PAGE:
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This is just an introspection post, after I noticed some behavior.

On the easier and more direct questions, we often see "parrot" behavior as users scrabble to collect the low-hanging fruit of "easy-points"

But should not this behavior be possibly controlled?

What are the programmatic metrics that might be used to control this behavior?

suppose I ask, for example :

"How do I print 'Hello World' in Java?"

Within just 1 minute, 5 users attempt to answer it. But they are not really doing anything useful for StackOverflow, if they all parrot one another

  • More coffee ? Ok more coffee – Coffee Oct 7 '14 at 17:43
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    possible duplicate of Why are users answering questions as quickly as possible? – Jay Blanchard Oct 7 '14 at 17:45
  • I think, but am not certain research, examples? Guessing doesn't do any good. – Taryn Oct 7 '14 at 17:45
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    @JayBlanchard - I think we discussed the "Why" part right? – Coffee Oct 7 '14 at 17:45
  • @bluefeet - Caught me :P , but I happened to remove that part just as you caught it I think – Coffee Oct 7 '14 at 17:46
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    Yes @Coffee - and it has been discussed with relation to copy-cat answers there as well. :) – Jay Blanchard Oct 7 '14 at 17:46
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    @Coffee Doesn't matter if you removed that, the same question applies - do you have any examples demonstrating this? – Taryn Oct 7 '14 at 17:46
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    @bluefeet Do we really need examples of easy questions collecting many answers in a very short period of time. This seems frequent enough behavior that you can't really avoid seeing as to allow it to be stipulated. Providing an example or two is more likely to just pull the question off topic discussing specifics of just that example. – Servy Oct 7 '14 at 17:49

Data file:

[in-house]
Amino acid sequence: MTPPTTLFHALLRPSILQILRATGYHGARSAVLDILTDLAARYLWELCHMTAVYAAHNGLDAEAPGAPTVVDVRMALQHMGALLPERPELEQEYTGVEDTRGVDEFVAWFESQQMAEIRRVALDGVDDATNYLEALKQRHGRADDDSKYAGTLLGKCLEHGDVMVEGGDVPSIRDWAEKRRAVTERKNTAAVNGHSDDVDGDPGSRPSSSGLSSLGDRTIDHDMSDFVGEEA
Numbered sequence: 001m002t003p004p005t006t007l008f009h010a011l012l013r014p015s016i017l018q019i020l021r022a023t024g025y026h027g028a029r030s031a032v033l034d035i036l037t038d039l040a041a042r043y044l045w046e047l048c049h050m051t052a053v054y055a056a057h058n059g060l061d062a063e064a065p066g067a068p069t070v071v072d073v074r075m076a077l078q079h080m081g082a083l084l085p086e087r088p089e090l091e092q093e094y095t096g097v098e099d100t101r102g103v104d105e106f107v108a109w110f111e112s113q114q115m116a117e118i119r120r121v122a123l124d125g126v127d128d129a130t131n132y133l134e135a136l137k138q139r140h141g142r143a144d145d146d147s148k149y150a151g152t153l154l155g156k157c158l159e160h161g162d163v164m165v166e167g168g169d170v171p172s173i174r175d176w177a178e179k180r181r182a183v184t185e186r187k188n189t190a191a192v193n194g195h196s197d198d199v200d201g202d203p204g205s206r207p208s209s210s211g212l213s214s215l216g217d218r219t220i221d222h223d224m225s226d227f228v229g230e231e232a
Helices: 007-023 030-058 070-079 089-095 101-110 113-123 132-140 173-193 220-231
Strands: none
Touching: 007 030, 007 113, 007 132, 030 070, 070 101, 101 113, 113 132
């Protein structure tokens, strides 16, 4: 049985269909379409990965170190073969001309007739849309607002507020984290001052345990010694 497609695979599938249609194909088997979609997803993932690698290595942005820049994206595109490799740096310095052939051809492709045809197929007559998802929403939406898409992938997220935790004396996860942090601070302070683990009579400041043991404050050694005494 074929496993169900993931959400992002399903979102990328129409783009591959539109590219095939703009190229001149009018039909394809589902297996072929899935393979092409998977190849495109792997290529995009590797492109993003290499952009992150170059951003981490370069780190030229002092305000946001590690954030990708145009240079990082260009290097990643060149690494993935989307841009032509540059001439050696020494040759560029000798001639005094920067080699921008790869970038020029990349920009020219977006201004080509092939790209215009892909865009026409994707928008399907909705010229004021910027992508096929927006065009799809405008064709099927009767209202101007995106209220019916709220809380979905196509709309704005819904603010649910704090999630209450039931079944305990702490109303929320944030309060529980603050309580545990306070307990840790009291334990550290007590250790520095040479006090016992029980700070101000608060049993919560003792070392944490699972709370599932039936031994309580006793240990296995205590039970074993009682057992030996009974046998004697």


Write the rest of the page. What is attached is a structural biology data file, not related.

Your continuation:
• @Servy Considering the initial version which was edited included the I think, but am not certain - yes, IMO an example instead of a hypothetical would have been helpful. – Taryn Oct 7 '14 at 17:58
  • @bluefeet regarding example, how about one discussed recently in Lots of duplicate answers on a question? – gnat Oct 7 '14 at 19:01
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    The real problem is having five fastest-gun attempts rather than five votes to close the question as a duplicate. – Jeffrey Bosboom Oct 7 '14 at 19:04
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But they are not really doing anything useful for StackOverflow, if they all parrot one another

This reflects a common mistake: asking for a solution that countless readers know instantly doesn't promote copying so much as it promotes really fast answers that all say the same thing. When an answer is either common knowledge or easily-derived from common knowledge, lots of folks will start answering simultaneously, and their answers will all tend to be fairly similar.

Contrast this with the much more insidious problem of folks taking non-trivial answers written by others and pasting them as responses to new questions, giving no credit to the original author...

As for what to do...

  • In the former case, nothing. Why waste time worrying about answers that took no time to write? In particular, do not harass folks or accuse them of copying - you're just creating discord where none need exist. Assume good faith...

  • In the latter case, flag: a moderator will delete the post and probably give the author a break in which to read the attribution guidelines. If you want to be extra-helpful, leave a comment with a reference to the original post, and perhaps check the author's past answers for similar signs of unreferenced duplication.

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Lots of very quick answers is a signal of the question's difficultly, not of the question's quality. There are plenty of questions that are good questions, but that are simply easy to answer. Yes, there is a strong correlation between easy questions and bad questions (many easy questions are simply easily answered through research; it's actually hard (but possible) to come up with a question that's easy to answer but hard to research a solution to), but the fact that there is a reasonably large overlap between easy and low quality doesn't change the fact that they really are orthogonal properties of a question.

Because of this, at the very least, one should be very wary of any automated action. It could potentially be appropriate to draw attention to such questions and put them in front of people as potentially problematic (i.e. through a review queue) but there needs to be some means of distinguishing the good easy questions from the bad easy questions. And of course before considering drawing the attention of reviewers to these questions you'll first need to figure out what you actually think should be done with them.

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